(CNN) - Dustin Hoffman and "Last Week Tonight" host John Oliver got into a heated discussion Monday night when Oliver brought up recent allegations of sexual harassment against the actor.
The exchange, which was captured on video by Washington Post reporter Steven Zeitchik, took place during a panel moderated by Oliver for a 20th anniversary screening of "Wag the Dog," which starred Hoffman. The poor quality video is edited, and only about six minutes of the one-hour panel discussion at the 92nd Street Y in New York City was posted online by the Post. Portions of the video are hard to understand due to the poor audio quality.
The comedian host brought up the allegations in front of the panel's live audience.
The Post reports that about halfway through the movie discussion, Oliver began to broach the subject.
"This is something we're going to have to talk about because," Oliver said. "It's hanging in the air."
Oliver was referring to recent allegations made by Anna Graham Hunter in an essay, which was published on November 1 by The Hollywood Reporter. In the column, she claims Hoffman, now 80, made multiple inappropriate comments and unwanted sexual advances toward her when she was a 17-year-old production assistant on the set of "The Death of a Salesman" in 1985.
"It's hanging in the air?" Hoffman said. "From a few things you've read you've made an incredible assumption about me. You've made the case better than anyone else can. I'm guilty," he told Oliver.
Weeks ago, Hoffman apologized for his alleged behavior and his statement was published in Hunter's essay.
"I have the utmost respect for women and feel terrible that anything I might have done could have put her in an uncomfortable situation," Hoffman said at the time. "I am sorry. It is not reflective of who I am."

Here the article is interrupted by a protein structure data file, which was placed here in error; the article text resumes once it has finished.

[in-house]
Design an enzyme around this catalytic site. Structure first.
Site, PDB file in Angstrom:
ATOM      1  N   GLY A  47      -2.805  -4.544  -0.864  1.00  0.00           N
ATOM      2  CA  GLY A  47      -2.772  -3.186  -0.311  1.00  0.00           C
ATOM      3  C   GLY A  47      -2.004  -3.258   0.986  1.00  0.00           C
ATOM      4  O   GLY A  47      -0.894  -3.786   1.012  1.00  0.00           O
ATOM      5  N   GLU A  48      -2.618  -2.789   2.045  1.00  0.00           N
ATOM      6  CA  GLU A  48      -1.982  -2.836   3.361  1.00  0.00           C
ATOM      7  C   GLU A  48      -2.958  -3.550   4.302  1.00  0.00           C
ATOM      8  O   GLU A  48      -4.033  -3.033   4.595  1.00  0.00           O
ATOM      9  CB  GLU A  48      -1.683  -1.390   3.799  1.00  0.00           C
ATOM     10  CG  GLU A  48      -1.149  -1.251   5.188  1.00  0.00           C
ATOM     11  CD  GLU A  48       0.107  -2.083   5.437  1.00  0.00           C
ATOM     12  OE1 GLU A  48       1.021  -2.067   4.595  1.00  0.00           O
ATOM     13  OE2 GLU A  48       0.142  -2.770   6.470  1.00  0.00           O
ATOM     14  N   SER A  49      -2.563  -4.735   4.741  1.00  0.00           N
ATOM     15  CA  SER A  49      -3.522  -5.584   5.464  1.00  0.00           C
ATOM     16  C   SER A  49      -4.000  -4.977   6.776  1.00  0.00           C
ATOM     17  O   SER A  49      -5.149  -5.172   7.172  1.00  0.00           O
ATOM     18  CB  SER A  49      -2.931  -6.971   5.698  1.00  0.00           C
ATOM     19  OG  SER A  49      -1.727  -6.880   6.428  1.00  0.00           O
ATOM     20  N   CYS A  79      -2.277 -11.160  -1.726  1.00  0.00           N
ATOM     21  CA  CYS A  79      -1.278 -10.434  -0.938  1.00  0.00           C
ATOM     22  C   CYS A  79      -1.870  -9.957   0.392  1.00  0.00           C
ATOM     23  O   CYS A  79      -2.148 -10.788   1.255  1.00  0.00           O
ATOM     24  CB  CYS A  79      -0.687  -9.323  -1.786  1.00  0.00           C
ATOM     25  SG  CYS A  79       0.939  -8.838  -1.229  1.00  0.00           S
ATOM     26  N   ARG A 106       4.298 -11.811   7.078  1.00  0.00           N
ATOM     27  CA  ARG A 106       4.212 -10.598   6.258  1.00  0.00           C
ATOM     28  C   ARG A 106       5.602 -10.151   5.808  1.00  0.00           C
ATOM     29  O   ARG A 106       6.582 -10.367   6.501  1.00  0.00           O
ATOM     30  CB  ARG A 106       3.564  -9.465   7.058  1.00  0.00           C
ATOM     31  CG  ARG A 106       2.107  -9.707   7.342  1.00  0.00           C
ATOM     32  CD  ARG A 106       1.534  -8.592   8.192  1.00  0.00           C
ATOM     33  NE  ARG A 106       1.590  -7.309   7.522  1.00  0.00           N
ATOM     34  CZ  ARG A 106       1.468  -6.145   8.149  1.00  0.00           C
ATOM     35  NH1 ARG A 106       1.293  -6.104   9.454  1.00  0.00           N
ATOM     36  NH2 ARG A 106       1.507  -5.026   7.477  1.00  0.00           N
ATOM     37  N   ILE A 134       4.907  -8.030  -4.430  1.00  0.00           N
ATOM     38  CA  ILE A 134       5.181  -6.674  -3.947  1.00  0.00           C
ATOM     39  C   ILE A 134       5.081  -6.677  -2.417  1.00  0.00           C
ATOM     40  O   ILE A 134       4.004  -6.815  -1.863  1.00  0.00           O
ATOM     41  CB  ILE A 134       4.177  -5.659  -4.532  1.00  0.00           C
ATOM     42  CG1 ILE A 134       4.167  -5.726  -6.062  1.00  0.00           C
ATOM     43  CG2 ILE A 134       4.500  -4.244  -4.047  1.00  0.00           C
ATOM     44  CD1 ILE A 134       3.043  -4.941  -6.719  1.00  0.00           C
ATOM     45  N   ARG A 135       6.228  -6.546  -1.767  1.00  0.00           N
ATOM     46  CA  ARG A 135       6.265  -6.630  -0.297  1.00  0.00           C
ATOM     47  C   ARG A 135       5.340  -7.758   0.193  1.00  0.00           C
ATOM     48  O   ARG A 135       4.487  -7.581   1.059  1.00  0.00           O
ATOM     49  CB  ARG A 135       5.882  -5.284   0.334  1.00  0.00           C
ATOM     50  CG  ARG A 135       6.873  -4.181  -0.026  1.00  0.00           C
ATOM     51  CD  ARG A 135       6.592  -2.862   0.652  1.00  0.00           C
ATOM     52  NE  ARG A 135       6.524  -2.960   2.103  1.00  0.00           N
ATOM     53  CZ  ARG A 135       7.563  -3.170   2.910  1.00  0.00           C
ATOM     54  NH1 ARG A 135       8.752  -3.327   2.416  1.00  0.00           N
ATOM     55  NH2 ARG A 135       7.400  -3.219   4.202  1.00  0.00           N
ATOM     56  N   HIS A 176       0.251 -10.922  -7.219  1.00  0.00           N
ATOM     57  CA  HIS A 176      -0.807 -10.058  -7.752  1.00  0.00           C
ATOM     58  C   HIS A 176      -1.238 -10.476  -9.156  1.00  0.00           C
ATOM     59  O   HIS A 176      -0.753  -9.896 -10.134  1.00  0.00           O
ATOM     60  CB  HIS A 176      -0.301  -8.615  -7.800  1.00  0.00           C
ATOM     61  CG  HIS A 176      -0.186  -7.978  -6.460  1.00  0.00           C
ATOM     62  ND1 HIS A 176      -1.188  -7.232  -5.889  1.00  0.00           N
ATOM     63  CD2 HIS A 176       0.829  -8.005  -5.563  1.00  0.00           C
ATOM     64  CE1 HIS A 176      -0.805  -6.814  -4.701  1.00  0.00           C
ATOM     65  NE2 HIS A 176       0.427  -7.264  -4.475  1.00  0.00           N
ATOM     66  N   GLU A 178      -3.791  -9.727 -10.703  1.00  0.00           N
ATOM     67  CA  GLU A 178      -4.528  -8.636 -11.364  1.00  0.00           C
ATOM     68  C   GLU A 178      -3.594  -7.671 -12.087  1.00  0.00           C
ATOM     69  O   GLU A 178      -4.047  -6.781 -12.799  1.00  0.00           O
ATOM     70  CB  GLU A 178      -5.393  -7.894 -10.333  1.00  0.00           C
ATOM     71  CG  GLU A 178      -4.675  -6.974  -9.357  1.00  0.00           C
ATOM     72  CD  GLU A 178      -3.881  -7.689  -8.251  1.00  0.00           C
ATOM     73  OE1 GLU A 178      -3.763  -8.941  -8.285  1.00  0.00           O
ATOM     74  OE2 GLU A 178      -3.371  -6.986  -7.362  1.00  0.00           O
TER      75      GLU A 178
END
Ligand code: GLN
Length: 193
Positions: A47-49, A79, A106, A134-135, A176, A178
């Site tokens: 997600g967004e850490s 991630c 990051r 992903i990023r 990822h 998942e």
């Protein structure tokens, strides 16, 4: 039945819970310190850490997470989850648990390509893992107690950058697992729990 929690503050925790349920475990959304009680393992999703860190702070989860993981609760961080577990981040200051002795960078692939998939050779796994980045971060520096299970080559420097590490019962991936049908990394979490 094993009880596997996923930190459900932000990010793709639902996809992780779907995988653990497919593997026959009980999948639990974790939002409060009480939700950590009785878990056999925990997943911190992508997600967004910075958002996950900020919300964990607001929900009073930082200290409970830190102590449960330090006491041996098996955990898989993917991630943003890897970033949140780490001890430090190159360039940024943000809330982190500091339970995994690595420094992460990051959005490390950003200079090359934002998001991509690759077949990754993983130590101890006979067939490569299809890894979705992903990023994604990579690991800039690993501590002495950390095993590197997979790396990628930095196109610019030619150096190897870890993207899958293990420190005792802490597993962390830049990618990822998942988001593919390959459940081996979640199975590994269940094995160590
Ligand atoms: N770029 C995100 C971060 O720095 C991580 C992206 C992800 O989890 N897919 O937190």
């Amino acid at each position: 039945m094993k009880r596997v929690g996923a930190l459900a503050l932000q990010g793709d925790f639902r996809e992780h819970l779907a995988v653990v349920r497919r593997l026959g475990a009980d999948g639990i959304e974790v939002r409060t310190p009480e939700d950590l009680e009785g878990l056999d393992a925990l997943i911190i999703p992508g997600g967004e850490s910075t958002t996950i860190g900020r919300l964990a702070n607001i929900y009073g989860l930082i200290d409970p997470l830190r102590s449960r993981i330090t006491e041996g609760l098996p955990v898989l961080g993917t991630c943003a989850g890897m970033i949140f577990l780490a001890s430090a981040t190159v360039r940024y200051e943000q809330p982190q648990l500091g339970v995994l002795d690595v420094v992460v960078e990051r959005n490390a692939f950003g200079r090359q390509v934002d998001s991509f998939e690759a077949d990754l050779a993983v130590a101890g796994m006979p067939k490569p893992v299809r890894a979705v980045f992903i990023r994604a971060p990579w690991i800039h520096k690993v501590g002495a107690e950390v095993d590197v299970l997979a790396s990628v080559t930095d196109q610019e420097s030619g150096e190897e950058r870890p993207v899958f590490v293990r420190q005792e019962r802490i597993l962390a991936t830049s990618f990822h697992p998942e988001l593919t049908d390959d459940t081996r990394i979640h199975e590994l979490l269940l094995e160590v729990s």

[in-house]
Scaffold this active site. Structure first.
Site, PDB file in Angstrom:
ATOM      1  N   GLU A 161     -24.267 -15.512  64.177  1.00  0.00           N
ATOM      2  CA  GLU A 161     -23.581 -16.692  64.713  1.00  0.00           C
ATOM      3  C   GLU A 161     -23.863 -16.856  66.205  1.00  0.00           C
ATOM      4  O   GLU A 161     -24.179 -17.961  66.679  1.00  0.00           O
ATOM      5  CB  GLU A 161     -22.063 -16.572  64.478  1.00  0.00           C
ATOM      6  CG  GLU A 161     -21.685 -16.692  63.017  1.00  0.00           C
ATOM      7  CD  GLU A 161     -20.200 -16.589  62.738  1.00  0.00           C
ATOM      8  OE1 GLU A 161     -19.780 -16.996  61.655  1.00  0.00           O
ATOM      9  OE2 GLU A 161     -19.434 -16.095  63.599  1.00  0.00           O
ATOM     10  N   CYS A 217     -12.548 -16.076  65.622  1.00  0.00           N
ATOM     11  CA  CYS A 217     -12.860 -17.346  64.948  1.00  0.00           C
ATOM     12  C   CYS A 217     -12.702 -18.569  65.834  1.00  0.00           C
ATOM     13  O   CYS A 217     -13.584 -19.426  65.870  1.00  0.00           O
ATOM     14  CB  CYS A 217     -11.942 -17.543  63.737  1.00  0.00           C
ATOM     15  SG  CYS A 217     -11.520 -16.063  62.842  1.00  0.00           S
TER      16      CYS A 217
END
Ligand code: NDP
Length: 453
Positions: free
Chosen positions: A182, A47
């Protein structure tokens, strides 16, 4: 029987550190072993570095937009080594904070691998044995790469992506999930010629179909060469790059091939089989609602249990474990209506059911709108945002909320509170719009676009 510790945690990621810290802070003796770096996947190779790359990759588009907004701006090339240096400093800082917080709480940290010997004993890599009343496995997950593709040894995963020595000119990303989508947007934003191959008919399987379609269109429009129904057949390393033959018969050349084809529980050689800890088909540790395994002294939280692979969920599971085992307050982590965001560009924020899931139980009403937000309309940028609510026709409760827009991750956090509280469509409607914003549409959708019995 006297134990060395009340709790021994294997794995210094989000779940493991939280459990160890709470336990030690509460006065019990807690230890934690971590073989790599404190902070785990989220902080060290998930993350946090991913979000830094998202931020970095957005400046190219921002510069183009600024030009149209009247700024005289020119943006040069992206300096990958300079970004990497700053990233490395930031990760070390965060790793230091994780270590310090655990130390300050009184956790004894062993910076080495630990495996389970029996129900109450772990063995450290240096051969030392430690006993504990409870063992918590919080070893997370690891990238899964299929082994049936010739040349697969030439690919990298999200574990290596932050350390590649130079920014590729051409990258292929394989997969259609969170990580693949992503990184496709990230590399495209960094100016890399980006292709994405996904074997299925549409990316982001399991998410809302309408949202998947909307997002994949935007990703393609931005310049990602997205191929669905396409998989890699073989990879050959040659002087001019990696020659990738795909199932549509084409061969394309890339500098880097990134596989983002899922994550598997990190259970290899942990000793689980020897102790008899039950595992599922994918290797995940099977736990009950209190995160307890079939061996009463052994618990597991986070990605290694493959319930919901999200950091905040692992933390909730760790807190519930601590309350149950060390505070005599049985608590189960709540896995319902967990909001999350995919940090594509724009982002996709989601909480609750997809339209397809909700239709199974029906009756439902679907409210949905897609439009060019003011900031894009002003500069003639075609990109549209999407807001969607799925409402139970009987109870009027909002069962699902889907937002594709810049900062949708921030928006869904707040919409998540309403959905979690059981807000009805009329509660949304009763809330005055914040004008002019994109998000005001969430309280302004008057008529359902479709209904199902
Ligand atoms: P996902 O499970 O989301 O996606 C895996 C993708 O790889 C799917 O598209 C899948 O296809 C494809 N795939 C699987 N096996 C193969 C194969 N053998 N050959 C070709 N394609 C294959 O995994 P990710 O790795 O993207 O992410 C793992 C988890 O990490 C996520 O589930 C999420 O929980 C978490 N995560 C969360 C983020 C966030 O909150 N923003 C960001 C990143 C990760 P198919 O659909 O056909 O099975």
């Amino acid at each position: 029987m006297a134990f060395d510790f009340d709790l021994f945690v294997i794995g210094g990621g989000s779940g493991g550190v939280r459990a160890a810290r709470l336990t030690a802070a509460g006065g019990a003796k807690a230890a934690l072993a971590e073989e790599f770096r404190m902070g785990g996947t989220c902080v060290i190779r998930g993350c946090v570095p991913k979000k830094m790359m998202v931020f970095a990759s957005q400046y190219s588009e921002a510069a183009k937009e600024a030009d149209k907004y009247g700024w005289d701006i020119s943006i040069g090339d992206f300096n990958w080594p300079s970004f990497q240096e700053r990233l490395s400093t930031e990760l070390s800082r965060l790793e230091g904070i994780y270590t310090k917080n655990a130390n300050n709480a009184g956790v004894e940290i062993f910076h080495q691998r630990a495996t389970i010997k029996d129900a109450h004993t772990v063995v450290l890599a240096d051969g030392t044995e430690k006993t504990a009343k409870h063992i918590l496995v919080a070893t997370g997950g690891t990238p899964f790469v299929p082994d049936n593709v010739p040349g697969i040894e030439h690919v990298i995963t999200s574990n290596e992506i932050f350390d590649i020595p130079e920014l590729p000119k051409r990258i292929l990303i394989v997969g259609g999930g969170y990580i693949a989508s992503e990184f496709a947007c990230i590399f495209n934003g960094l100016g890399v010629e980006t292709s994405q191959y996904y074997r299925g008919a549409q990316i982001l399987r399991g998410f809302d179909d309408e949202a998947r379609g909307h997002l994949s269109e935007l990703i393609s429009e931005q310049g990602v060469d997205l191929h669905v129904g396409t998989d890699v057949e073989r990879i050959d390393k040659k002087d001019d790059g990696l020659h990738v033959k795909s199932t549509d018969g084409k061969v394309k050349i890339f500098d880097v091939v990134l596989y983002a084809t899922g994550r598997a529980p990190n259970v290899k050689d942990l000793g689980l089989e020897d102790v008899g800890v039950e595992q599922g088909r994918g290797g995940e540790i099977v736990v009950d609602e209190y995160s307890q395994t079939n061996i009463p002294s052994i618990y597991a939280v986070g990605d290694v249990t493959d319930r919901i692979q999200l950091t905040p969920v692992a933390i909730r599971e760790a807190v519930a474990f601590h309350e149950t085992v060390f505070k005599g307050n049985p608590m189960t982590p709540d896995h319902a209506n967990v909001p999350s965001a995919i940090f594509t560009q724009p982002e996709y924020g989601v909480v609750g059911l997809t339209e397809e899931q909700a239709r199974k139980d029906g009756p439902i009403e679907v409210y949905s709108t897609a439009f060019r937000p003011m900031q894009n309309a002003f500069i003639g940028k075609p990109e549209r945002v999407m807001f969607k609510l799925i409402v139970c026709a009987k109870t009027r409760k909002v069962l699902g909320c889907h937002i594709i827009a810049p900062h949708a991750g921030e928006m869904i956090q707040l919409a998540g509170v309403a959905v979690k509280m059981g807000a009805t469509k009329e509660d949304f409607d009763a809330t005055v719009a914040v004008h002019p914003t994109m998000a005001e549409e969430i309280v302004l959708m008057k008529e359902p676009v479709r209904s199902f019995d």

On Monday, Hoffman duked it out with Oliver on the stage, where the actor was joined by his fellow "Wag the Dog" co-star Robert De Niro, producer Jane Rosenthal and director Barry Levinson.
According to the Post, Hoffman said during the panel discussion that he has "never met" Graham.
"I still don't know who this woman is," Hoffman said. "I never met her; if I met her it was in concert with other people."
In the video, Oliver called out Hoffman's apology, saying he was angered by the actor's word choice.
"'It's 'not reflective of who I am.' It's that kind of response to this stuff that pisses me off," Oliver said. "It is reflective of who you were. If it happened and you've given no evidence to show that it didn't [happen] then there was a period of time for a while when you were a creeper around women. So, it feels like a cop-out to say 'well this isn't me.' Do you understand how that feels like a dismissal?"
Hoffman replied, "It's difficult to answer that question. You weren't there..."
Hoffman also questioned whether Oliver believes everything printed about what his accuser says happened.
"Do you believe this stuff that you read?" Hoffman asked.
"I believe what she wrote, yes," Oliver replied.
"Why?" asked Hoffman.
"Because there's no point in her lying," said Oliver.
"Well, there's a point in her not bringing this up for 40 years," Hoffman said.
"Oh, Dustin," Oliver said, as he put his head in his hand.
Hoffman went on to discuss behavior on movie sets, along with some of the more colorful talk and banter that would often take place between movie crews and actors.
Hoffman described how his co-workers were "a family," who sometimes said stupid sexual things, that were meant to be funny. He reminded Oliver and the audience that this was 40 years ago.
Oliver said, "It doesn't feel self-reflective in the way that it seems the incident demands.
"I get no pleasure from having this conversation because you and I are not the victims here...."
CNN has reached out to Hoffman and Oliver's reps for comment.
Oliver's show airs on HBO, which, along with CNN, is owned by Time Warner.